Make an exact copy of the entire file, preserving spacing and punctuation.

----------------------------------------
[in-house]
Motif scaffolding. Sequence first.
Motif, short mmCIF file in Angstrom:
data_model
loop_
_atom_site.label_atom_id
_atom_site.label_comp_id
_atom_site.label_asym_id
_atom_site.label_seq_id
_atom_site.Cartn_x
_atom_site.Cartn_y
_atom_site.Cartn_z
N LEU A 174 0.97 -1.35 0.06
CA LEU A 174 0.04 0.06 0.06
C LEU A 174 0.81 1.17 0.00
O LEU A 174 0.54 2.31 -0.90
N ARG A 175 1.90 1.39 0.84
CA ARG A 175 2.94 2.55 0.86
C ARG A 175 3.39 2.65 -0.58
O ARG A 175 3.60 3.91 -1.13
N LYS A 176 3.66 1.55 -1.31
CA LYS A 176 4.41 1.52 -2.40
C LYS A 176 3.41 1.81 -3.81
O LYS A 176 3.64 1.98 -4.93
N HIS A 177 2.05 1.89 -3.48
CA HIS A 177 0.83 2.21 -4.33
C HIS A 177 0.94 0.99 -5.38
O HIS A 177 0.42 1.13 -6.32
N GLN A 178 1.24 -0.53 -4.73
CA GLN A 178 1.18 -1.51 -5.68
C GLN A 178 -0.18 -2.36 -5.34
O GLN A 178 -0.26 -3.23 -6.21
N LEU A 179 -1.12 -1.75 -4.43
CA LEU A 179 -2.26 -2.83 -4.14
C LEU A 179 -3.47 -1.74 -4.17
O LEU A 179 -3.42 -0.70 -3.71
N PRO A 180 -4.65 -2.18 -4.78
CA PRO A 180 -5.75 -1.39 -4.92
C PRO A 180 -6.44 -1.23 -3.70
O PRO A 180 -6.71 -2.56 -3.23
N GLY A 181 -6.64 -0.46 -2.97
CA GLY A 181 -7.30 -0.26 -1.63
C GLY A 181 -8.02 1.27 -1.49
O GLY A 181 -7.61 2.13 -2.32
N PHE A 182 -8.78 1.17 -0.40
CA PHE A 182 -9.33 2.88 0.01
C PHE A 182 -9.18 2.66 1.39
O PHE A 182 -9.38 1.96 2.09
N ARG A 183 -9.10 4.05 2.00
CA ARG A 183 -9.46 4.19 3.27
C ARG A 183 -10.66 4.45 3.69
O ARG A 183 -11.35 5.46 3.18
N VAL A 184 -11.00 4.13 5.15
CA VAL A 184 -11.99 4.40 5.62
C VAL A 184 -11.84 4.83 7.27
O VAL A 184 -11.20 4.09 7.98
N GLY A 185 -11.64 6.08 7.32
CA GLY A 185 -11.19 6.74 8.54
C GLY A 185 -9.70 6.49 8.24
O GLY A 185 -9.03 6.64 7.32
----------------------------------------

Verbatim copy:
[in-house]
Motif scaffolding. Sequence first.
Motif, short mmCIF file in Angstrom:
data_model
loop_
_atom_site.label_atom_id
_atom_site.label_comp_id
_atom_site.label_asym_id
_atom_site.label_seq_id
_atom_site.Cartn_x
_atom_site.Cartn_y
_atom_site.Cartn_z
N LEU A 174 0.97 -1.35 0.06
CA LEU A 174 0.04 0.06 0.06
C LEU A 174 0.81 1.17 0.00
O LEU A 174 0.54 2.31 -0.90
N ARG A 175 1.90 1.39 0.84
CA ARG A 175 2.94 2.55 0.86
C ARG A 175 3.39 2.65 -0.58
O ARG A 175 3.60 3.91 -1.13
N LYS A 176 3.66 1.55 -1.31
CA LYS A 176 4.41 1.52 -2.40
C LYS A 176 3.41 1.81 -3.81
O LYS A 176 3.64 1.98 -4.93
N HIS A 177 2.05 1.89 -3.48
CA HIS A 177 0.83 2.21 -4.33
C HIS A 177 0.94 0.99 -5.38
O HIS A 177 0.42 1.13 -6.32
N GLN A 178 1.24 -0.53 -4.73
CA GLN A 178 1.18 -1.51 -5.68
C GLN A 178 -0.18 -2.36 -5.34
O GLN A 178 -0.26 -3.23 -6.21
N LEU A 179 -1.12 -1.75 -4.43
CA LEU A 179 -2.26 -2.83 -4.14
C LEU A 179 -3.47 -1.74 -4.17
O LEU A 179 -3.42 -0.70 -3.71
N PRO A 180 -4.65 -2.18 -4.78
CA PRO A 180 -5.75 -1.39 -4.92
C PRO A 180 -6.44 -1.23 -3.70
O PRO A 180 -6.71 -2.56 -3.23
N GLY A 181 -6.64 -0.46 -2.97
CA GLY A 181 -7.30 -0.26 -1.63
C GLY A 181 -8.02 1.27 -1.49
O GLY A 181 -7.61 2.13 -2.32
N PHE A 182 -8.78 1.17 -0.40
CA PHE A 182 -9.33 2.88 0.01
C PHE A 182 -9.18 2.66 1.39
O PHE A 182 -9.38 1.96 2.09
N ARG A 183 -9.10 4.05 2.00
CA ARG A 183 -9.46 4.19 3.27
C ARG A 183 -10.66 4.45 3.69
O ARG A 183 -11.35 5.46 3.18
N VAL A 184 -11.00 4.13 5.15
CA VAL A 184 -11.99 4.40 5.62
C VAL A 184 -11.84 4.83 7.27
O VAL A 184 -11.20 4.09 7.98
N GLY A 185 -11.64 6.08 7.32
CA GLY A 185 -11.19 6.74 8.54
C GLY A 185 -9.70 6.49 8.24
O GLY A 185 -9.03 6.64 7.32